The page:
alex-capAlex remained hospitalized in the ICU for pneumonia in both his left and right lung. He was breathing with a bi-pap machine and put on heavy antibiotics. He stayed in the hospital for three weeks and was treated with natural medicine concurrently. The doctors were surprised when Alex was released to go home for palliative care. There was nothing more the doctors could do for Alex. He was not a candidate for surgery, radiation, or chemotherapy. He was too sick. If he didn’t do something the tumor would kill him. He went home to try and get stronger so he could do metronomic chemotherapy, which is low dose chemo given more frequently. This had been recommended to him by his complimentary medicine program. He had been home from the hospital for a week when he started to retain water in his abdomen, legs and right arm. Diuretics were not helping. On Monday, December 26th, 2011, he started to not make sense. His wife called 911 and he was promptly admitted to St. John’s hospital. His sodium levels were extremely low and his doctors devised a plan to get rid of the water and help balance his electrolytes. In the course of his stay at St. John’s, another oncologist was consulted on Alex’s condition. Coming out of this consultation, the decision was made to do in-house low dose chemotherapy. The choices were do something or watch him die. On December 31st, he received his first dose of chemotherapy. On January 1st he passed away. The autopsy showed that the tumor was 40 cm. It took over his whole right lung and was pushing on his vena-cava and not allowing blood flow back into his heart. They also found pneumonia in his lower left lobe and micro-metastasis to his left lymph nodes in his lungs.

Alex was a strong, courageous man battling a very aggressive cancer. He will be greatly missed by his wife, his two sons, his family, his friends and his patients. Denise will take on his passion for treating cancer and will continue her studies with his mentor in Ashland, Oregon.

8/2/10 Alex wrote:

A prayer: I give thanks to all those who have come before me, who have suffered and learned and took on a new wisdom. I ask for forgiveness, self-forgiveness, ease and presence so that I may be carried on this journey, guided divinely, honored and blessed.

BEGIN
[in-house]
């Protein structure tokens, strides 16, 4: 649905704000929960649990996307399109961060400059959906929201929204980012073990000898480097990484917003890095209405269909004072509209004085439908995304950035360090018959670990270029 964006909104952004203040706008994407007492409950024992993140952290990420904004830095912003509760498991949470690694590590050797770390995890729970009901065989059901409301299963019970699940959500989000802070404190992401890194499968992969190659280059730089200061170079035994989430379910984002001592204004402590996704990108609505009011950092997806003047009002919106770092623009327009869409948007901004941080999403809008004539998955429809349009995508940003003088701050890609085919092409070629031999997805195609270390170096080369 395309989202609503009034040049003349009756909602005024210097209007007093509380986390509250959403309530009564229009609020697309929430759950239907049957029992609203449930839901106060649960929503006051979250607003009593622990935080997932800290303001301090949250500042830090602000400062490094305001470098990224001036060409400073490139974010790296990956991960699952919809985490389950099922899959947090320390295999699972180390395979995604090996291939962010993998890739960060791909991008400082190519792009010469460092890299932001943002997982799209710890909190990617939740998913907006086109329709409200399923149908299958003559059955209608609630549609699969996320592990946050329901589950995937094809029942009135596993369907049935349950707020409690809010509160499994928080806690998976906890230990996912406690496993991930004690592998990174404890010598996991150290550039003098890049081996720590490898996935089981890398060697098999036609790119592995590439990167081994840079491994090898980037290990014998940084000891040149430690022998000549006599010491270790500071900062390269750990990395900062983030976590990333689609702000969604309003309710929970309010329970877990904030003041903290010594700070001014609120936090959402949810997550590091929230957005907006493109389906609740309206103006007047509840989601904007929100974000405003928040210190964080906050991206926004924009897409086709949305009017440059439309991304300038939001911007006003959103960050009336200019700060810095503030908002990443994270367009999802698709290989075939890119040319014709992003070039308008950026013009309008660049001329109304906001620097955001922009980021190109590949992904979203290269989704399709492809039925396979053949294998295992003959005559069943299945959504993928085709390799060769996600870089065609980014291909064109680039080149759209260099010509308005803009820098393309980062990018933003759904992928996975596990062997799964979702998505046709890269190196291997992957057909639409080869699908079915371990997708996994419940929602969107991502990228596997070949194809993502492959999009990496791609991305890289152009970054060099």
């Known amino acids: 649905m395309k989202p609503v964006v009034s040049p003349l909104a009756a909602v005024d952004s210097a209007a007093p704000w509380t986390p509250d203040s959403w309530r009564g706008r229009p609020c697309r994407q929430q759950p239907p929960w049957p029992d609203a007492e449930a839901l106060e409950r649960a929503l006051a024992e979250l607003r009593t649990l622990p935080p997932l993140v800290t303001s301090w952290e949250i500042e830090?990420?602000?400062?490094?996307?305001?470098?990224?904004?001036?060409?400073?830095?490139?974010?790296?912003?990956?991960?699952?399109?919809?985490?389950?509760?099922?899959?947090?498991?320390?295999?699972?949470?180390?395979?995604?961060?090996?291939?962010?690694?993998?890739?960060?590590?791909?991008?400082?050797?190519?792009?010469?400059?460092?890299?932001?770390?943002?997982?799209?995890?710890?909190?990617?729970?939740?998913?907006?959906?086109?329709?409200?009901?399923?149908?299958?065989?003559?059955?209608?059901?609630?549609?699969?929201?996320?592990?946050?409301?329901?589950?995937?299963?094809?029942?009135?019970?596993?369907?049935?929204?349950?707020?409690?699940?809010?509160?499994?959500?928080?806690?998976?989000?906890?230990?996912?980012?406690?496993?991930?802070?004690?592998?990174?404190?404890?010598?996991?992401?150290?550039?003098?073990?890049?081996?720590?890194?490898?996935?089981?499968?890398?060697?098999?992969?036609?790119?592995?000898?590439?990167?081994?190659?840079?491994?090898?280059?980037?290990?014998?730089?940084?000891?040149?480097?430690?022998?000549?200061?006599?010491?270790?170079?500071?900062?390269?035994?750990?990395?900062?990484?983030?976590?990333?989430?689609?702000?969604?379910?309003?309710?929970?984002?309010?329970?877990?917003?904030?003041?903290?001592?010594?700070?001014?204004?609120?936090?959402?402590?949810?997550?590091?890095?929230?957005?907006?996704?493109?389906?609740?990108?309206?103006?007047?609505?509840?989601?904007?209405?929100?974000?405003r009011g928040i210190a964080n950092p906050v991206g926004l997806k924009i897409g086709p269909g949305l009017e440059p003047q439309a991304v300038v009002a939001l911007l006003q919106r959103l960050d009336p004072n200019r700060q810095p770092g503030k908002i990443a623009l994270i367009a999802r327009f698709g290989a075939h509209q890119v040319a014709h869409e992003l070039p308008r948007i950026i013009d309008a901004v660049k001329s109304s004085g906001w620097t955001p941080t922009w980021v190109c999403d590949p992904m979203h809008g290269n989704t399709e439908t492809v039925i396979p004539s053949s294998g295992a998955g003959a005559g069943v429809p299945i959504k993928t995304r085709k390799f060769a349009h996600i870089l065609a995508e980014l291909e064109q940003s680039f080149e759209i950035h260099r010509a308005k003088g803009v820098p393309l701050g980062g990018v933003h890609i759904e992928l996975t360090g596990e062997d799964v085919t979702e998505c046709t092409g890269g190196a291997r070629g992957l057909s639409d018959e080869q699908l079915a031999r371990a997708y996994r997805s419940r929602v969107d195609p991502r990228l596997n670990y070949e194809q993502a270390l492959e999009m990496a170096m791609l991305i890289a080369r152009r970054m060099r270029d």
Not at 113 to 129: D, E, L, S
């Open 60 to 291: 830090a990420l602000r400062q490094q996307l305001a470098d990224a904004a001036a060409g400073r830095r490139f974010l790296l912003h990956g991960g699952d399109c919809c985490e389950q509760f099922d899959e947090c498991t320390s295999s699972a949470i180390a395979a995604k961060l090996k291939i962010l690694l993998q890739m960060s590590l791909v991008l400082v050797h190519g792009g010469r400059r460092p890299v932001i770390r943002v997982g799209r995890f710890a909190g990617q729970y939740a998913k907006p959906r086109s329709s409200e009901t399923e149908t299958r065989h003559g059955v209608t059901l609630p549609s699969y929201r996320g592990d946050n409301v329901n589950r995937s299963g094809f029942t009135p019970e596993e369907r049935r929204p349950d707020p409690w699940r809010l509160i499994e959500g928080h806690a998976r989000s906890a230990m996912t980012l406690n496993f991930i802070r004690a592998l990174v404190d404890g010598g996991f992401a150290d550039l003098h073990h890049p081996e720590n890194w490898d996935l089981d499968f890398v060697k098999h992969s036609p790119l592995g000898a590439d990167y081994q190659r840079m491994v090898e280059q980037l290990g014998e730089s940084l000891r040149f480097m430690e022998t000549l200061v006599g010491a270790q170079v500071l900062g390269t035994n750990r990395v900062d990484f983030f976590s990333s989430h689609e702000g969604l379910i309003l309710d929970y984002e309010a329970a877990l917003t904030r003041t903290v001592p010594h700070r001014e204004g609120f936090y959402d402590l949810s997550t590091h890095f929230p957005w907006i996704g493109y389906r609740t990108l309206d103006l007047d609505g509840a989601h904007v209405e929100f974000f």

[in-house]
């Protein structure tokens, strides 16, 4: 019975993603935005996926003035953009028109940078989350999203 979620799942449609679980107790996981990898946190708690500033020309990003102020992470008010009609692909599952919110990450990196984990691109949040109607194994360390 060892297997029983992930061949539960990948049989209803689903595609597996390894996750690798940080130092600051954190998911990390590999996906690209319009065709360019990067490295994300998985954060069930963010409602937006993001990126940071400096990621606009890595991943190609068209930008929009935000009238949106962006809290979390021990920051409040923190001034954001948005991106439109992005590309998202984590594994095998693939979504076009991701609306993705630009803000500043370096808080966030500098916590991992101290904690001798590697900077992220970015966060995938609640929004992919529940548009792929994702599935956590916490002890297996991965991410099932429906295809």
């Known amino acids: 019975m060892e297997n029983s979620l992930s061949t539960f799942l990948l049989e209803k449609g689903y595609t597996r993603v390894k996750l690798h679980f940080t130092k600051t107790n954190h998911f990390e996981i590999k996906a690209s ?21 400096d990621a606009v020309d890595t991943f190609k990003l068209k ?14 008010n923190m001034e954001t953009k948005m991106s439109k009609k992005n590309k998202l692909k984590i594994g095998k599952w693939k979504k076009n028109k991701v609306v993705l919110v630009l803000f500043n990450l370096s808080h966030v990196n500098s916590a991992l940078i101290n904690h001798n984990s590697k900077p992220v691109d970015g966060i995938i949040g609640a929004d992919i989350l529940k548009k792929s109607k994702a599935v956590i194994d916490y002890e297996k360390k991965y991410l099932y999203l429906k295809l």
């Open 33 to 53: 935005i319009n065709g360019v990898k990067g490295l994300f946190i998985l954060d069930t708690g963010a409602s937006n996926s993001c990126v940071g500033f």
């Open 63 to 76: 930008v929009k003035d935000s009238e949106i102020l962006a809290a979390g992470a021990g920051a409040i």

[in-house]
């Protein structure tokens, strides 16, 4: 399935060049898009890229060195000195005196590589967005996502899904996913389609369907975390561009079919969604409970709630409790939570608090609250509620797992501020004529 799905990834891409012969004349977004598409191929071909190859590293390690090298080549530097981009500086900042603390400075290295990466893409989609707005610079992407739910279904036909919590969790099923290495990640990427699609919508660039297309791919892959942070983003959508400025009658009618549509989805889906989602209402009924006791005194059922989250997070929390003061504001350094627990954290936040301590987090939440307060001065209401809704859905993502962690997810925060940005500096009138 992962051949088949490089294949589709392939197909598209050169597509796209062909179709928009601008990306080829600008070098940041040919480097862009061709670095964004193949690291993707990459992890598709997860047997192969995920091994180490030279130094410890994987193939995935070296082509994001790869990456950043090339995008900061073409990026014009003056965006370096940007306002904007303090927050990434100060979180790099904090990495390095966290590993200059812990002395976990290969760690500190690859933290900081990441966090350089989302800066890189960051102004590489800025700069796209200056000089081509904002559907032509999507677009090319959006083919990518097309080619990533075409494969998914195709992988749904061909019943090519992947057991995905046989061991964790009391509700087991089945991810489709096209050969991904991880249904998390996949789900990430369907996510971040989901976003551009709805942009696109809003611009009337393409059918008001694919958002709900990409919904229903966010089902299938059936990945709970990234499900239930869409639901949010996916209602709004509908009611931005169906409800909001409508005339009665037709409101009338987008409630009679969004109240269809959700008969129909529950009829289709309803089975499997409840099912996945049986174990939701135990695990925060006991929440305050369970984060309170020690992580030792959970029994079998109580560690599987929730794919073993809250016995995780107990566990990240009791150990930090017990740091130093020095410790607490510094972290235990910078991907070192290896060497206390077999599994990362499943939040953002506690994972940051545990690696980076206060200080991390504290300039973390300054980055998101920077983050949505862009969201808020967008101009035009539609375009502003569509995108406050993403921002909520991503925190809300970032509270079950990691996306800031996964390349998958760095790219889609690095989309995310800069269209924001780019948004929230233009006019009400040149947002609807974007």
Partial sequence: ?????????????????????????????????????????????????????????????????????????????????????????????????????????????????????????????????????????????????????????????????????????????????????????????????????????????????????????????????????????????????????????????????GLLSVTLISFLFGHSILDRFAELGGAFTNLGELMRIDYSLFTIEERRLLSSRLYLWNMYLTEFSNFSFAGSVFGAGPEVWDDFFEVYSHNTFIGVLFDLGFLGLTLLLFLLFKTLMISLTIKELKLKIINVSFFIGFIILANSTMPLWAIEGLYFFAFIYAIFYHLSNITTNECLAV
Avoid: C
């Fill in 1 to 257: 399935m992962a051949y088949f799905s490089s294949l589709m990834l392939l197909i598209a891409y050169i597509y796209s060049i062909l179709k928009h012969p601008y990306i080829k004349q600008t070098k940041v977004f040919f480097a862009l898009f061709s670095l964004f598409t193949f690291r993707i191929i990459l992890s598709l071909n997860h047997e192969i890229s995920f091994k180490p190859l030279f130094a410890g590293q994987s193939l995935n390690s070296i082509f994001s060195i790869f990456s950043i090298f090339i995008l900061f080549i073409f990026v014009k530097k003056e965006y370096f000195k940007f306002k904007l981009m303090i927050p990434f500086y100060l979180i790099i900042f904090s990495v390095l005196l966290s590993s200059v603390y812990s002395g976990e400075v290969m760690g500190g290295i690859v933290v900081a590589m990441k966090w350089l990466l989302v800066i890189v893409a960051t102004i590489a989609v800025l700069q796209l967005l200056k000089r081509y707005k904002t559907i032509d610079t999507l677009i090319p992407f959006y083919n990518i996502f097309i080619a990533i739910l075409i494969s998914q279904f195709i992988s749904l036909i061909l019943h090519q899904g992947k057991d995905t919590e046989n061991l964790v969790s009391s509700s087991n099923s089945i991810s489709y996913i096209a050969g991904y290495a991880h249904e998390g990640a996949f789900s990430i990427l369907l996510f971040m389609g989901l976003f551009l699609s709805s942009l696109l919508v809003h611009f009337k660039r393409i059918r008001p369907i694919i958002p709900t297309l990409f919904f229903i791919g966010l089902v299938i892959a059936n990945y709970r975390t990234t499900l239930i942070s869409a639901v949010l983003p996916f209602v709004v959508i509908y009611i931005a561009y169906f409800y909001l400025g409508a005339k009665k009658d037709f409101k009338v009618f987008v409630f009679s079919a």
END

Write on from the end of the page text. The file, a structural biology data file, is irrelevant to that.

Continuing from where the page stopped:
Chinese Medicine practitioner Licensed Acupuncturist and Herbalist since 1997

Alex Berks L.Ac Dipl. Herbs earned his B.A. in Anthropology from the University of California at Santa Barbara (1987) and a Master’s degree in Oriental Medicine from Emperor’s College of Traditional Chinese Medicine. He is state and nationally licensed to practice Chinese Medicine and Acupuncture. He is a co-founder of the Association of Integrative Oncology and Chinese Medicine and a Fellow of the American Board of Oriental Reproductive Medicine. Alex is also a member of the Clinical Excellence in Fertility Program. He is also board certified in Physical Oriental Medicine.

Alex focuses his practice on relieving pain, creating reproductive health for men and women and supporting cancer patients.

Alex continues his studies in both Eastern and Western medicine to integrate both into his patient care.

Alex Studies with Randine Lewis, author of the “Infertility Cure;” and with Donald Yance, author of “Herbs Healing and Cancer” He has given evidence-based lectures on the scientific understanding of acupuncture and its role in obstetrics and gynecology and the role of herbal medicine in cancer patient support.

alex-mountainAlex also focuses his practice on the support of cancer patients. He works with cancer patients in all stages of treatment to offer complementary care that improves quality of life, ameliorates side-effects of conventional care and improves all body systems.

Alex has studied the use of acupuncture for cancer patients at Memorial Sloane Kettering Cancer Center and has lectured to Oncologists about the use of acupuncture for cancer patients.

Alex also provides pain treatments for orthopedic conditions. He has been the Acupuncture Doctor at various orthopedic and pain management clinics. In addition to his practice, he has taught Nutrition, Practice Management, and Shiatsu and at the American University of Complementary Medicine and is a clinic supervisor at Emperor’s College of Traditional Chinese Medicine.

Alex spent five years as a Senior Herbalist at Elixir Tonics and Teas, advising clients on their health and herbal programs. He also helped research Elixir products and was interviewed on radio and television. Prior to his medical career he practiced bodywork and taught yoga for more than 10 years. He is the father of 2 boys and an athlete.

He is the publisher of the blog and is the newsgroup forum director for the American Association of Physical Oriental Medicine (AAPOM).

Professional Affiliations:

Society for Integrative Oncology

Oncology Association for Naturopathic Physicians